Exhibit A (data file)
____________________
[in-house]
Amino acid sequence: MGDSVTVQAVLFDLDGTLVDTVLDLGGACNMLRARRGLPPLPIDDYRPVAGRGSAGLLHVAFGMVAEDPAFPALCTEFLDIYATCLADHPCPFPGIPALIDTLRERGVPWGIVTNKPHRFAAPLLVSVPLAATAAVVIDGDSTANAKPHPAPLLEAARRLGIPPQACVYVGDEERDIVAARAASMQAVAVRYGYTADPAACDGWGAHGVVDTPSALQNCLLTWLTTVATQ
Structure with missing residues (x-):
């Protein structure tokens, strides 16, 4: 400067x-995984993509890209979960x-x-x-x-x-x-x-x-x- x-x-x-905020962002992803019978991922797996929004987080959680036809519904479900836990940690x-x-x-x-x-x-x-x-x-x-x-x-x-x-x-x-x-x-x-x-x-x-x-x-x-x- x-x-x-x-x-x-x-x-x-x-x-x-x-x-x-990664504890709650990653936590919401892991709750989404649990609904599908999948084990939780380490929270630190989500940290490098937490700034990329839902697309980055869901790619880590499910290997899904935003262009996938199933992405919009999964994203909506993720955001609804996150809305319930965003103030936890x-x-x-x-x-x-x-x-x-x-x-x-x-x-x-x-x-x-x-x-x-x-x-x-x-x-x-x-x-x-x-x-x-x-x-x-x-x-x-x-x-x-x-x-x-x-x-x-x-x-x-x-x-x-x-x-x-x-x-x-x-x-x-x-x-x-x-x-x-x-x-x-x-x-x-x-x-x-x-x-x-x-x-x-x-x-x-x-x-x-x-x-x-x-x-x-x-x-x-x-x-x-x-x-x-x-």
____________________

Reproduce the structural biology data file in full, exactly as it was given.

[in-house]
Amino acid sequence: MGDSVTVQAVLFDLDGTLVDTVLDLGGACNMLRARRGLPPLPIDDYRPVAGRGSAGLLHVAFGMVAEDPAFPALCTEFLDIYATCLADHPCPFPGIPALIDTLRERGVPWGIVTNKPHRFAAPLLVSVPLAATAAVVIDGDSTANAKPHPAPLLEAARRLGIPPQACVYVGDEERDIVAARAASMQAVAVRYGYTADPAACDGWGAHGVVDTPSALQNCLLTWLTTVATQ
Structure with missing residues (x-):
């Protein structure tokens, strides 16, 4: 400067x-995984993509890209979960x-x-x-x-x-x-x-x-x- x-x-x-905020962002992803019978991922797996929004987080959680036809519904479900836990940690x-x-x-x-x-x-x-x-x-x-x-x-x-x-x-x-x-x-x-x-x-x-x-x-x-x- x-x-x-x-x-x-x-x-x-x-x-x-x-x-x-990664504890709650990653936590919401892991709750989404649990609904599908999948084990939780380490929270630190989500940290490098937490700034990329839902697309980055869901790619880590499910290997899904935003262009996938199933992405919009999964994203909506993720955001609804996150809305319930965003103030936890x-x-x-x-x-x-x-x-x-x-x-x-x-x-x-x-x-x-x-x-x-x-x-x-x-x-x-x-x-x-x-x-x-x-x-x-x-x-x-x-x-x-x-x-x-x-x-x-x-x-x-x-x-x-x-x-x-x-x-x-x-x-x-x-x-x-x-x-x-x-x-x-x-x-x-x-x-x-x-x-x-x-x-x-x-x-x-x-x-x-x-x-x-x-x-x-x-x-x-x-x-x-x-x-x-x-």